70,000 long-term unemployed are set to lose benefits at the end of June. This comes as a result of a "compromise" in February, in which Congress agreed to continue the funding for extended benefits, but at the same time to cut their duration from 99 to 79 weeks. Through deals such as this, government expenditures for unemployment benefits have been cut by $52 billion (almost 30%), from their height of $157 billion (annual rate) in 2008, to $105 billion today.
Eight states have already cut benefits this month, with 95,000 losing benefits in California alone, and other states making additional cuts. An article in today's New York Times highlights how Florida is raising the bar for initial qualification, the portion which is paid for by corporate taxes, and requiring applicants to complete a "job skills" test and file online, instead of by phone, thus "saving" the state $2.7 million. Thus, denials for aid have soared to over 50%, when the national average is 30%. Additional coverage by the newspaper USA Today notes that "tough" welfare restrictions since 1997 have kept the welfare population relatively constant, in contrast to unemployment or food stamps, which have jumped by almost 50% in the last three years.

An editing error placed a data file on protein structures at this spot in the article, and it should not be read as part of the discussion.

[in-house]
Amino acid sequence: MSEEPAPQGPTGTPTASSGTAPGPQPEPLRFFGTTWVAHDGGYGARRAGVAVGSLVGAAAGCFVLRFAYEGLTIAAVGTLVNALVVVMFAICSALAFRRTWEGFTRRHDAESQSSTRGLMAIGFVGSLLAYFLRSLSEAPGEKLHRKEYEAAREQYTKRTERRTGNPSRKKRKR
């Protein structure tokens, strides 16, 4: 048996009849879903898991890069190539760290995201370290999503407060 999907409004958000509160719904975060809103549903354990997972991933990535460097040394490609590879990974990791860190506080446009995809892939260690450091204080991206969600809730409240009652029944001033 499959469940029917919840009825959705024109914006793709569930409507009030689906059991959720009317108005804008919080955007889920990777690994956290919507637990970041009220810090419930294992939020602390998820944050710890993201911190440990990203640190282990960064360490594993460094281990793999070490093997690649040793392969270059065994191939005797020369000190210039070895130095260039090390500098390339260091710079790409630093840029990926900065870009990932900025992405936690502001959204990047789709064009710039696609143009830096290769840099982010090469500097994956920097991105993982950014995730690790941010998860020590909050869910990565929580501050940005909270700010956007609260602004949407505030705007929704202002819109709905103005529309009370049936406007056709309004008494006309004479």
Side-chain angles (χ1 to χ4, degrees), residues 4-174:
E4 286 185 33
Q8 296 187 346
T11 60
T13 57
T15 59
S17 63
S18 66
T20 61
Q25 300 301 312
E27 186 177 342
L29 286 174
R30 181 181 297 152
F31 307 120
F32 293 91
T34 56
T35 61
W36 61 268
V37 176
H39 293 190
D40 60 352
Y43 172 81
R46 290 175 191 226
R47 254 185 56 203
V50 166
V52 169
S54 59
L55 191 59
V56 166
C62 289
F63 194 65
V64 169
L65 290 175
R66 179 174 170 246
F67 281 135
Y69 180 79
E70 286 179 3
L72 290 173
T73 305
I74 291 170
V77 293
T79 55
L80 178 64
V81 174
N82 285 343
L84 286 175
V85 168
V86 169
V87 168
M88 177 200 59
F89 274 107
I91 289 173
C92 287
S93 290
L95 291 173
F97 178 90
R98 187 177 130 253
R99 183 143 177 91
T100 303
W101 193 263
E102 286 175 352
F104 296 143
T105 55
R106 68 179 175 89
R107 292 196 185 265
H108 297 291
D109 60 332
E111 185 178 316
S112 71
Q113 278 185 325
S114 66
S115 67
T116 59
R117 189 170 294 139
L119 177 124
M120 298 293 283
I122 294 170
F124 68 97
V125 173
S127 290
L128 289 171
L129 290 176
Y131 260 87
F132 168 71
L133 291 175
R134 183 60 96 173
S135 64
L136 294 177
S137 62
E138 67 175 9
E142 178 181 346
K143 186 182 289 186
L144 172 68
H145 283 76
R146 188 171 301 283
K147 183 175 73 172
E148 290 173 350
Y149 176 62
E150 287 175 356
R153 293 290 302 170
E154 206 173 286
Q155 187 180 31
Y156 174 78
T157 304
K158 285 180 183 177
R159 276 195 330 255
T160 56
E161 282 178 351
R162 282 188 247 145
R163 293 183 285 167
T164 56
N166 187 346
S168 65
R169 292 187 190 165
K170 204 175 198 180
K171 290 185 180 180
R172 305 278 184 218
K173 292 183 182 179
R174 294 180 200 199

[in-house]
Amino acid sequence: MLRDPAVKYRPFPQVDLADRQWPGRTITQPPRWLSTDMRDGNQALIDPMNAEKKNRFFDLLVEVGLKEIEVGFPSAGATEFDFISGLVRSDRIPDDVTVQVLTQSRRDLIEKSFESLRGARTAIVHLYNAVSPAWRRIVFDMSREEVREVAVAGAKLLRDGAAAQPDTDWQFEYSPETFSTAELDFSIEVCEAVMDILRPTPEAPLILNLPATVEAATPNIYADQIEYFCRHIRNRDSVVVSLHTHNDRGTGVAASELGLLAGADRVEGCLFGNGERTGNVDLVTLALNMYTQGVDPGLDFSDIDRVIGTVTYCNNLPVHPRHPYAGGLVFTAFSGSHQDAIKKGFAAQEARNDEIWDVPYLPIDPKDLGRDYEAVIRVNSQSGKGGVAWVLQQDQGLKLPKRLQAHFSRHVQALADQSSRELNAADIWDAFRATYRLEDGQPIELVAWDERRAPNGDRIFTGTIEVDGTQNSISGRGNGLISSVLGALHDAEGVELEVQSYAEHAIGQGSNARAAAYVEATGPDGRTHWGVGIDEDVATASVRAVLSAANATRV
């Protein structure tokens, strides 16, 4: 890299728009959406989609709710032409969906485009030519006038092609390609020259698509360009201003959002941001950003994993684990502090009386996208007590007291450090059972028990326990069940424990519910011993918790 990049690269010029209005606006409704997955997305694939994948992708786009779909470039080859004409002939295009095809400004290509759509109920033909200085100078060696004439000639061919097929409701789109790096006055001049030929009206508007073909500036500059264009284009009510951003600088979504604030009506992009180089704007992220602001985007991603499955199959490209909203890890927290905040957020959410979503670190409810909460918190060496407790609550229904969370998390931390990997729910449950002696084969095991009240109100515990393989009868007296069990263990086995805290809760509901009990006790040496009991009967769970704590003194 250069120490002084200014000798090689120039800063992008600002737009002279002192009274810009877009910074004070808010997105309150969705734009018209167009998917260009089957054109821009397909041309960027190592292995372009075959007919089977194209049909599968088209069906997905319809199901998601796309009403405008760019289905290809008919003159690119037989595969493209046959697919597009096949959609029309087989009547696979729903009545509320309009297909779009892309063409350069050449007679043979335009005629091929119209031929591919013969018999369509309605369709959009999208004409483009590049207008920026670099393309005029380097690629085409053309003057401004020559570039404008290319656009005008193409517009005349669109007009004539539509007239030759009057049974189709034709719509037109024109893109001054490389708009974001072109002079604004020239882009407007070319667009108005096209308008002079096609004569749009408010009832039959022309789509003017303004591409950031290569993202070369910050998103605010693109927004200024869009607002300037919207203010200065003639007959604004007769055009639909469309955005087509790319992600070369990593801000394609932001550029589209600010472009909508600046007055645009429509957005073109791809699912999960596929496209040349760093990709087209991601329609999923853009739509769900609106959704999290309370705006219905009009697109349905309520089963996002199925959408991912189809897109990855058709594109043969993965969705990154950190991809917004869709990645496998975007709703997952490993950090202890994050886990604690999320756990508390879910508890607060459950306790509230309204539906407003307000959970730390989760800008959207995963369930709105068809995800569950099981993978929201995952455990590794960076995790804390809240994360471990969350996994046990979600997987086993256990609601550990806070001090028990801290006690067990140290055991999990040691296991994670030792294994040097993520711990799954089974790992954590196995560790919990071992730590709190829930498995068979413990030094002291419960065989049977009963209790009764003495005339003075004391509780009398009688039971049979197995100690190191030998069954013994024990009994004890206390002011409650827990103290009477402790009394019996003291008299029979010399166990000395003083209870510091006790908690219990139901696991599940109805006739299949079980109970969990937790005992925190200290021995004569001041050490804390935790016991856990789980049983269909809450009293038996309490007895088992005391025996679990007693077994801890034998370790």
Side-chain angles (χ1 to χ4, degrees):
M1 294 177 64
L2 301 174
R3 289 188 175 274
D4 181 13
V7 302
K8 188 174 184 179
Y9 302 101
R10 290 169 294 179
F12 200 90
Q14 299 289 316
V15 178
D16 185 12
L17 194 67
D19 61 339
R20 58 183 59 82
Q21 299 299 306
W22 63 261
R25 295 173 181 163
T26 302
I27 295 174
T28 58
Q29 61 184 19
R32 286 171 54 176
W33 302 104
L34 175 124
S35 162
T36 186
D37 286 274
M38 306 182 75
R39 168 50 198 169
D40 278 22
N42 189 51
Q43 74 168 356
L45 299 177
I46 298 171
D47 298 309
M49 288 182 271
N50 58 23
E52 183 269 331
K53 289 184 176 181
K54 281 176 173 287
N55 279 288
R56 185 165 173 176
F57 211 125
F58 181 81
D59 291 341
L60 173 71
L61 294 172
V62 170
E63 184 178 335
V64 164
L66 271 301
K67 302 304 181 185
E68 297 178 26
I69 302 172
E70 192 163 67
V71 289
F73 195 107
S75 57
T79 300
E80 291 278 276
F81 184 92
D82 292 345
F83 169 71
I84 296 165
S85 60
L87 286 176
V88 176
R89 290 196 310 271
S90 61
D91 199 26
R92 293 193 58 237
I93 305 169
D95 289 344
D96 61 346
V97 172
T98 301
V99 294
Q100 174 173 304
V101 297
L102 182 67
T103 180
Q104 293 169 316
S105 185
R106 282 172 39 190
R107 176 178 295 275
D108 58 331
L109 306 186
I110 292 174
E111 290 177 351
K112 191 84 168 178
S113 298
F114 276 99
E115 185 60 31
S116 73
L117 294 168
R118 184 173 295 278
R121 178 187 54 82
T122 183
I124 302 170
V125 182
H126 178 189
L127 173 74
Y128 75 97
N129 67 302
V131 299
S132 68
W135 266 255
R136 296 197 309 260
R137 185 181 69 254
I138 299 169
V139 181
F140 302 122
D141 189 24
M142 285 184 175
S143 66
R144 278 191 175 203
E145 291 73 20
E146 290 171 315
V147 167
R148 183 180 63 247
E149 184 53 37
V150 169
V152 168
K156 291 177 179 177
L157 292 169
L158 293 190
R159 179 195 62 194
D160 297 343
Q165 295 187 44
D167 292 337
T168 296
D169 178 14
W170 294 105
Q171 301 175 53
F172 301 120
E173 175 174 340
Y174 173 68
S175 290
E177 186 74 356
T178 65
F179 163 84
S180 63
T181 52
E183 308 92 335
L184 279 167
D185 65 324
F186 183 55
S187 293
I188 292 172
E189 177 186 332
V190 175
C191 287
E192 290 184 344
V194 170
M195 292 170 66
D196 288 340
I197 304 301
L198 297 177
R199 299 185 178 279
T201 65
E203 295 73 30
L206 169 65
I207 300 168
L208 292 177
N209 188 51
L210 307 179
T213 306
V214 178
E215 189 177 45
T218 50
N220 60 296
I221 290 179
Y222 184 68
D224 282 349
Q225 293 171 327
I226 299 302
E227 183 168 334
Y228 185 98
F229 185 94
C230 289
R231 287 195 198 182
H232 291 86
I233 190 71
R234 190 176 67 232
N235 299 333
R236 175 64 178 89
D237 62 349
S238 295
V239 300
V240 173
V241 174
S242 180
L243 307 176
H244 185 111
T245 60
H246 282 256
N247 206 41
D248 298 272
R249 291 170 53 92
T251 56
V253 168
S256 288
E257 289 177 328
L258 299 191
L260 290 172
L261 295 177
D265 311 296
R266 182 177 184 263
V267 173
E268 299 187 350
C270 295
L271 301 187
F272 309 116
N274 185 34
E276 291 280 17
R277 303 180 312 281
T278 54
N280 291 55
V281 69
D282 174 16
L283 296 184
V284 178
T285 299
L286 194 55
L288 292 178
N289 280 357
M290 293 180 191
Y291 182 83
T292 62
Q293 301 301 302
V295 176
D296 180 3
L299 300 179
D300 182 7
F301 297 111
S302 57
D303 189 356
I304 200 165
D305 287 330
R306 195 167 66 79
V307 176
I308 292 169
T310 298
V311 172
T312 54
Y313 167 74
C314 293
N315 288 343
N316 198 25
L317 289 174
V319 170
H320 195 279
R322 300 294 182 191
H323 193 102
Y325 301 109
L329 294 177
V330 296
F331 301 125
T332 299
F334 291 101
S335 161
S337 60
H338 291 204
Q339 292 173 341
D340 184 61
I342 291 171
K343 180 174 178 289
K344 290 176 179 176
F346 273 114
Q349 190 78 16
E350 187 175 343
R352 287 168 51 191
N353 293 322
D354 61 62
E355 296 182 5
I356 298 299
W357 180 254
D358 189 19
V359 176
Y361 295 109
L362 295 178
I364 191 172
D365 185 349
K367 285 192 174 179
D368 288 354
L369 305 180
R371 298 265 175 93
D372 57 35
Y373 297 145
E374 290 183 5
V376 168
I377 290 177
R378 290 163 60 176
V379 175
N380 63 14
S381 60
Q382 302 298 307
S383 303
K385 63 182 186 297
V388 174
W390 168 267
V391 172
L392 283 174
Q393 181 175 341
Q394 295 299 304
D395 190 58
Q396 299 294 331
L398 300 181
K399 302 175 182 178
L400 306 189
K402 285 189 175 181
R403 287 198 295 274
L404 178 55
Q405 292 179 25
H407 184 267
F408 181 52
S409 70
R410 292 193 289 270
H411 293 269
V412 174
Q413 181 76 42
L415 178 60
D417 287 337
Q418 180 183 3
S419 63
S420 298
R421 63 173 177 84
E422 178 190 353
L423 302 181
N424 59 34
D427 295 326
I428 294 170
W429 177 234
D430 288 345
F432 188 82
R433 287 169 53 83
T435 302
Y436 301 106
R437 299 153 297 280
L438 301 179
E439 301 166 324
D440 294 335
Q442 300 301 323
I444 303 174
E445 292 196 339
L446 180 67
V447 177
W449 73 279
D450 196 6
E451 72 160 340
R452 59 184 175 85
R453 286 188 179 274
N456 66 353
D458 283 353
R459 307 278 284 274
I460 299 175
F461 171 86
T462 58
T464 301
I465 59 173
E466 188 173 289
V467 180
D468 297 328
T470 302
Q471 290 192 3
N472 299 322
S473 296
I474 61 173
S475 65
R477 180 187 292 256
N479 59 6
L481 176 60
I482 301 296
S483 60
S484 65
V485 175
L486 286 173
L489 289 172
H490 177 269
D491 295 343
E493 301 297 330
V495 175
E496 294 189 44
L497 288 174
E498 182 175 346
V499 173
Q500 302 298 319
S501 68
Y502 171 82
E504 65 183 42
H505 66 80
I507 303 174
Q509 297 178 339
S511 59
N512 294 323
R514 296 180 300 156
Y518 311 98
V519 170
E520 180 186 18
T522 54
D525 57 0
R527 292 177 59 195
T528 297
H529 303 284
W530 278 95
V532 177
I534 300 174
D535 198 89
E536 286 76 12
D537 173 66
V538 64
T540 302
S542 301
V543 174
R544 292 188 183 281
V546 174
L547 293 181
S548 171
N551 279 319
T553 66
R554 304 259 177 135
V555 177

At the time of the Congressional "compromise" in February, Democrats contended that to cut off extended benefits to the long-term unemployed would be to create a "fiscal cliff," since almost all unemployment aid is immediately spent on real economic activity (gas, food and rent), the loss of which could collapse the country into "another" recession. Despite the passage of the February extension (one of the great legislative "victories" claimed by President Obama and his sycophants during this year), the cut in benefits has occurred anyway, by other means.